Fletchers Solicitors representing numerous women left with traumatic complications by top UK surgeon
The UK’s leading medical negligence and serious injury law firm, Fletchers Solicitors, has been instructed to handle a number of claims against Britain’s most influential pelvic surgeon, Anthony Dixon, after it’s claimed that he left hundreds of women with life changing complications.
Valerie Evans, 77, from Woolaston in Somerset, is just one of these claimants. She was referred to Mr Dixon in 2016 to treat a small internal rectal prolapse known as an intussusception (where part of the intestine folds into the section next to it).
Mr Dixon, a consultant colorectal surgeon based at both the Southmead and Spire Hospitals in Bristol, specialised in laparoscopic ventral rectopexy surgery, and recommended that this operation, together with an anterior resection, be carried out. Valerie underwent the surgery in October 2016.
But, following surgery, Valerie developed an anastomotic leak where her bowel had been rejoined, and subsequent pelvic sepsis - an infection caused by injury to organs and tissue - due to the mesh used for the rectopexy. She had to undergo further revision surgery to remove all the damaged tissue and now has to live with a permanent colostomy bag.
Valerie claims that Mr Dixon told her the issues must have been caused because her ‘insides were in the wrong place’. She said: “I felt like I was being blamed for the whole ordeal, as though there was something wrong with my body. He washed his hands of all responsibility or fault and offered no apology.
“But, the complications caused by Mr Dixon’s surgery have totally ruined my life on every level. I suffer in agonising pain every day now and I can never regain the life I had before this.”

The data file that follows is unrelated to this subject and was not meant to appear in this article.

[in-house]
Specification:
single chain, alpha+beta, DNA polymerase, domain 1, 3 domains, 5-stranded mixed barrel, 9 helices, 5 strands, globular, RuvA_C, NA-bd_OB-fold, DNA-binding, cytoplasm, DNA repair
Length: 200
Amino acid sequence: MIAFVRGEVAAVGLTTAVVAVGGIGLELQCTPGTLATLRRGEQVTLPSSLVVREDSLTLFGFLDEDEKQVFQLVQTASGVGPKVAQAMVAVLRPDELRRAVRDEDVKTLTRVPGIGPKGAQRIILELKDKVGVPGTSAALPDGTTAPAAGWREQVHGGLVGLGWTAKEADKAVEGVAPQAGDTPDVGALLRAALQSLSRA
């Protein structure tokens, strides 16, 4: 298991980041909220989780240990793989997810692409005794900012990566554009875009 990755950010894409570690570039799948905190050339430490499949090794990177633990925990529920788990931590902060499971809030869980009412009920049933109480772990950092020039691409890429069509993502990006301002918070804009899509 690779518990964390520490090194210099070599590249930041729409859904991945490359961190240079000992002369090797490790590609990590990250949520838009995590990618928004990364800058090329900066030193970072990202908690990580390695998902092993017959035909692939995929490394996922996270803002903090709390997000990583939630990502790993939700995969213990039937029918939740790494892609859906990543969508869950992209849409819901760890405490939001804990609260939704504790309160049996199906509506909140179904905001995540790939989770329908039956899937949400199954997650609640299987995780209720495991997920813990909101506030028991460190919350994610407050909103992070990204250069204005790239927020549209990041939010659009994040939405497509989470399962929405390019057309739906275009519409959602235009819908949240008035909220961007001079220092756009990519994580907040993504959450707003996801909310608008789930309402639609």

After realising that mistakes had been made with her care, Valerie has been working with the medical negligence team at Fletchers Solicitors to bring a claim against the Trust that employed Mr Dixon.
Recognised as a pioneer of bowel repair surgery, Mr Dixon had built up a strong reputation in this field that saw patients travelling from around the UK and further afield to seek his expertise.
But complaints started to increase, with some patients claiming they were subjected to overly complicated procedures without being fully informed of all the risks.
Investigations into his practices, particularly around the mesh rectopexy and Stapled Transanal Resection of the Rectum (STARR) operations he performed are currently ongoing by NHS Bristol NHS Trust. In August 2017, the General Medical Council (GMC) also placed restrictions on his practice, preventing him from carrying out STARR procedures unitl November 2018.
In anticipation of many more legal claims being made against Mr Dixon, a novel protocol has been adopted by the NHS to co-ordinate the process. The protocol operates as a form of altnerative dispute resolution (ADR) and will see benefits on both sides. It will reduce the overall costs to the NHS of considering these claims, but will also ensure that claims are dealt with promptly, with clients expected to receive an initial decision on their case within a matter of months of notification. For claimants to take the benefit of the protocol, their claim must be notified by 4pm on 1 August 2018.
Amy Hughes, the litigation executive dealing with Valerie Evans’ case, said: “We are representing a number of clients, including Mrs Evans, in connection with treatment provided by Mr Dixon over a period of time, whilst he worked for both the NHS and as a private consultant at the Spire Bristol Hospital.
“Mr Dixon aimed to pioneer mesh rectopexy in the UK, but surgeries involving mesh have come under intense scrutiny due to the high number of complications associated with them. We are now investigating on behalf of our clients whether Mr Dixon’s recommendations to proceed to surgery, and the way his procedures were carried out, was appropriate, given the incredibly poor outcomes they have suffered.”